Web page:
Are you a sexual harrassment supporter?

Yes, you! And might I also say that it is time we call it what it is, violence against women, which is becoming a norm in Egypt.  Sadly, many people who say they are against sexual harassment are actually supporters without realizing it.

If your first response is, she got attacked because of how she was dressed or where she was, then I am sorry you are a sexual harassment supporter.  No one (regardless of their gender) should be abused or harassed for any reason.  Period.  Why is that so hard to understand?  When people say things like women are like candy and need to be covered up, they really are saying that men can not control themselves and are rapists waiting to happen.  Women are scientists, doctors, engineers, fighter pilots, moms, referees, etc.  They are not candy.  They are not diamonds.  They are human beings who have the right to dress as they choose without having to justify it or be punished for it.

If you think that sexual harassment affects a woman’s honor (شرف ) then you also have a problem.  Her humanity, dignity, soul, heart, psyche, body and more have been violated, but not her honor.  Her honor is only defined by her actions not what someone else does to her.  It is time we stop being dinosaurs and realize that honor has nothing to do with it.

If you are a man and feel that your honor is being violated because a woman was harassed/raped/abused/attacked please take a number, have a seat and wait until hell freezes over.  This has nothing to do with you.  You do not own women.  Your honor is only defined by your actions not by what happens to someone else.  Your job is not to harass women.  Full stop.  If as a decent person (regardless of gender) you choose to stand up against harassment then thank you, that means you have chosen the right thing.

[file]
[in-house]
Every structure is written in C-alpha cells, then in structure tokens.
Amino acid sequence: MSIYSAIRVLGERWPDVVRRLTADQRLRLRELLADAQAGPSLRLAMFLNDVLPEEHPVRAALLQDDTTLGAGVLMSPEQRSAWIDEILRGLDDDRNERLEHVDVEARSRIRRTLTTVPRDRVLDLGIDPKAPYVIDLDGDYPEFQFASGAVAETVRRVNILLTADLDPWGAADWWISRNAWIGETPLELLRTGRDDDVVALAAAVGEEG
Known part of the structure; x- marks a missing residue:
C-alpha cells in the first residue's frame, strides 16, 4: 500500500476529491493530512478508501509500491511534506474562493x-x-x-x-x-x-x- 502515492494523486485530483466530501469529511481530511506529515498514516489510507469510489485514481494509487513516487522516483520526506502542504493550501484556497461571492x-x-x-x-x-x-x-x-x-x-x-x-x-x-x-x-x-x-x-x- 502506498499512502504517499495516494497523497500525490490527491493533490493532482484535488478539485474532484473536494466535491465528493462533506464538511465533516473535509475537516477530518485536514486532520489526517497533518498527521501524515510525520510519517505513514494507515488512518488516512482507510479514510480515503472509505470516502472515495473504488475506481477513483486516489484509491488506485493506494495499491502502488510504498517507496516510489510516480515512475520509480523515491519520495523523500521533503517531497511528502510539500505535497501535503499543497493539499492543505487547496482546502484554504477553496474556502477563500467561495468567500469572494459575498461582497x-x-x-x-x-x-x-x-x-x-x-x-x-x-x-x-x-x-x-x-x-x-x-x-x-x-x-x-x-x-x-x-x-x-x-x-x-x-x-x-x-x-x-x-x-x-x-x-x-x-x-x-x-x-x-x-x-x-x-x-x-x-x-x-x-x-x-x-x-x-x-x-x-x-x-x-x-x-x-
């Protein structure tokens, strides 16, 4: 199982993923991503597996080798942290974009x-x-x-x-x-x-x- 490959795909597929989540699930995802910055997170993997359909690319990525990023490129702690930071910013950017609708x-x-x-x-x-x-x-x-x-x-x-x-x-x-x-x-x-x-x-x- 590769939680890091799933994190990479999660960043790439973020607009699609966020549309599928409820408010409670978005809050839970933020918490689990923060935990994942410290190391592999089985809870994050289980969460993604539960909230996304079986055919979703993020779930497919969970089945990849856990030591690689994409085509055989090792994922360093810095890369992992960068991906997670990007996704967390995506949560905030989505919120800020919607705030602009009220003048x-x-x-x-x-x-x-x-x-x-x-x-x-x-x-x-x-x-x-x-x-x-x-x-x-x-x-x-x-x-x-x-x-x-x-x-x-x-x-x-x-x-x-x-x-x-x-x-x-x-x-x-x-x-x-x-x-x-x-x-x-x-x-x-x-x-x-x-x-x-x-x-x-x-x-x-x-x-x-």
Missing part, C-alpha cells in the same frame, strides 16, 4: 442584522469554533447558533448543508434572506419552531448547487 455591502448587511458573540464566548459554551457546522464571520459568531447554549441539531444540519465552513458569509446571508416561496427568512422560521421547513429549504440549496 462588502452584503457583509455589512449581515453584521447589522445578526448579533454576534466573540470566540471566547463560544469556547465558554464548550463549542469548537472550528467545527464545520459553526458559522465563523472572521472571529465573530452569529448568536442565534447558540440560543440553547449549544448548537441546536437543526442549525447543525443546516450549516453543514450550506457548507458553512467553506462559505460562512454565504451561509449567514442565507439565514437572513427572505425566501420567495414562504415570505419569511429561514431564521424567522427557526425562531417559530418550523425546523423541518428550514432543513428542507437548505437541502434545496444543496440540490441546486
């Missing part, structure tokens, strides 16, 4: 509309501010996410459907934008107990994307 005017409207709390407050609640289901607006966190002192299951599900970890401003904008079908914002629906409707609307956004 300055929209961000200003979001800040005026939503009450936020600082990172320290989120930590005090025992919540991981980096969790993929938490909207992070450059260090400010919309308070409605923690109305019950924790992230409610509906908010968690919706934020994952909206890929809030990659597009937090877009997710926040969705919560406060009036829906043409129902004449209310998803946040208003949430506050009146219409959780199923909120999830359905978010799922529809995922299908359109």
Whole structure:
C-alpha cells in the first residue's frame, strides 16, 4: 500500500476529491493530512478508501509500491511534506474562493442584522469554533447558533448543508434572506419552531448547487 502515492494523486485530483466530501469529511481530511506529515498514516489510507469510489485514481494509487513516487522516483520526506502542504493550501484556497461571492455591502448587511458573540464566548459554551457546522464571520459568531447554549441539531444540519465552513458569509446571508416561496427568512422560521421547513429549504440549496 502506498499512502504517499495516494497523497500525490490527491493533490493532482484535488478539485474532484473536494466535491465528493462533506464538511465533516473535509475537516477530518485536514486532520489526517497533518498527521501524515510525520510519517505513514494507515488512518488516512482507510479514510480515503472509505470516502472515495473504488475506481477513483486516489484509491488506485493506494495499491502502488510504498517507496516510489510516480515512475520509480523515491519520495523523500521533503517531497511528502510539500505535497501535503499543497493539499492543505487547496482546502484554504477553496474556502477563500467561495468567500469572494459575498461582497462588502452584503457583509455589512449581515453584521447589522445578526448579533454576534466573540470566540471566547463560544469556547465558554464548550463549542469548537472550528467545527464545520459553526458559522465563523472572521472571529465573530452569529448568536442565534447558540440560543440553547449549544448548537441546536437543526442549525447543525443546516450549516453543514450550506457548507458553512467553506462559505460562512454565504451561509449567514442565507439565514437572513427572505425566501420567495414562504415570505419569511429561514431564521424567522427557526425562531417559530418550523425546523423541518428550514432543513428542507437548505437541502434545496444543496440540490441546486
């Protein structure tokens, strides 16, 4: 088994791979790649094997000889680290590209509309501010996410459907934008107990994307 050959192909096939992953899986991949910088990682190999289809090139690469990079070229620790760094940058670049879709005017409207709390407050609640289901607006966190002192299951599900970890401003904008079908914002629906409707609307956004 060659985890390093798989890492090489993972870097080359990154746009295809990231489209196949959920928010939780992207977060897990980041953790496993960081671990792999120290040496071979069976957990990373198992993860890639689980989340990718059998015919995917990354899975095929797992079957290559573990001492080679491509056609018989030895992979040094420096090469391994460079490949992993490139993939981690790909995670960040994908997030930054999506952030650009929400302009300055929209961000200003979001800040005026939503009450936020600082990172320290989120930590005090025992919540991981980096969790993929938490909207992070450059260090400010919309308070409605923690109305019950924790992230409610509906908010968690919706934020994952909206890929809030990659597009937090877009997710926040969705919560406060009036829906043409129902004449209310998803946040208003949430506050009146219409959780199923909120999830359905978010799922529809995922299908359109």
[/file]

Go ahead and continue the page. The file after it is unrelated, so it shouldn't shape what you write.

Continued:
If you feel that videos of attacks make us look bad in the eyes of the rest of the world, then please go drink some arsenic. The fact that you believe that half the population lives in constant fear of being abused or harassed is less important than our collective image means you really need some therapy.  I totally agree that the privacy of victims needs to be protected, they at least deserve that from us. But covering an attack up or pretending that they are not an epidemic is just sick and stupid.

We have a serious problem in Egypt.  It is called misogyny , as defined by wikipedia

Misogyny /mɪˈsɒɪni/ is the hatred or dislike of women or girls. Misogyny can be manifested in numerous ways, including sexual discrimination, denigration of women, violence against women, and sexual objectification of women.[1][2] Misogyny has been characterised as a prominent feature of the mythologies of the ancient world as well as of various religions.

If you find any way to blame a victim or justify an attacker then you are a misogynistic inhumane creep that needs to find a hole in the ground to bury yourself.

If you think you don’t support violence against women, but see people blaming the victim and don’t say anything that makes you a supporter.  If you lead men to believe that this is about their honor and don’t right their views, then you are supporting more violence against women.  If you want to hide the fact that these attacks happen then you are a supporter.

If you do not take a stand against crimes against women, you are supporting them.  If you belittle efforts that are made to stand against these crimes then maybe you support these crimes.

If the only solution to this problem in your view is violence against men then this is another problem, it is called misandry.  We can not fight violence with violence. We can only start educating everyone on how to stop the current epidemic and to make sure it never happens again. We need strong laws and implementation of these laws.  We need to feel safe by knowing that we are protected, not that we need to walk around carrying weapons to fight back.

A stand, is long overdue.

For Women: A culture of gold in Egypt

Kicking off our first post in the guest blogging series.